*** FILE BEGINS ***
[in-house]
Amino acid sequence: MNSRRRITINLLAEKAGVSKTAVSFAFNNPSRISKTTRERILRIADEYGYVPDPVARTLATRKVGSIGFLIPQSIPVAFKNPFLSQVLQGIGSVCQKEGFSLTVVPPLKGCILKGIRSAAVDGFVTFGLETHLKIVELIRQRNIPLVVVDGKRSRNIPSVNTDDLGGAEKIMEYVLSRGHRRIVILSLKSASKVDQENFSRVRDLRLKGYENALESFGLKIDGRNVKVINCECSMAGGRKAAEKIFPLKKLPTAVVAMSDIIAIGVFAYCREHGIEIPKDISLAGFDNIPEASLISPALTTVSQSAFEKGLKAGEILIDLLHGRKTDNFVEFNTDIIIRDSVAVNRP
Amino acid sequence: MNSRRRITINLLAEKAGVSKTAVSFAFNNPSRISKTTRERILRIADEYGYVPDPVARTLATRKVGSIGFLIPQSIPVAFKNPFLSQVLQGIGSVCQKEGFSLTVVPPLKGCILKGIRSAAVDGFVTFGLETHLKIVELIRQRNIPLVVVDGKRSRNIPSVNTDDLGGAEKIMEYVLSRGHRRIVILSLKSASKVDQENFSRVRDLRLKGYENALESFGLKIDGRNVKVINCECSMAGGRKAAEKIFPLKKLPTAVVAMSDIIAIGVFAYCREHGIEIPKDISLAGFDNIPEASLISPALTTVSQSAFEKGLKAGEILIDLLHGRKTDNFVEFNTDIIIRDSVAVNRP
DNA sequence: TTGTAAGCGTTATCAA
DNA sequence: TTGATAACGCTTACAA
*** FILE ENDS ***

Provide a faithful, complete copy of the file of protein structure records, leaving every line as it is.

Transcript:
[in-house]
Amino acid sequence: MNSRRRITINLLAEKAGVSKTAVSFAFNNPSRISKTTRERILRIADEYGYVPDPVARTLATRKVGSIGFLIPQSIPVAFKNPFLSQVLQGIGSVCQKEGFSLTVVPPLKGCILKGIRSAAVDGFVTFGLETHLKIVELIRQRNIPLVVVDGKRSRNIPSVNTDDLGGAEKIMEYVLSRGHRRIVILSLKSASKVDQENFSRVRDLRLKGYENALESFGLKIDGRNVKVINCECSMAGGRKAAEKIFPLKKLPTAVVAMSDIIAIGVFAYCREHGIEIPKDISLAGFDNIPEASLISPALTTVSQSAFEKGLKAGEILIDLLHGRKTDNFVEFNTDIIIRDSVAVNRP
Amino acid sequence: MNSRRRITINLLAEKAGVSKTAVSFAFNNPSRISKTTRERILRIADEYGYVPDPVARTLATRKVGSIGFLIPQSIPVAFKNPFLSQVLQGIGSVCQKEGFSLTVVPPLKGCILKGIRSAAVDGFVTFGLETHLKIVELIRQRNIPLVVVDGKRSRNIPSVNTDDLGGAEKIMEYVLSRGHRRIVILSLKSASKVDQENFSRVRDLRLKGYENALESFGLKIDGRNVKVINCECSMAGGRKAAEKIFPLKKLPTAVVAMSDIIAIGVFAYCREHGIEIPKDISLAGFDNIPEASLISPALTTVSQSAFEKGLKAGEILIDLLHGRKTDNFVEFNTDIIIRDSVAVNRP
DNA sequence: TTGTAAGCGTTATCAA
DNA sequence: TTGATAACGCTTACAA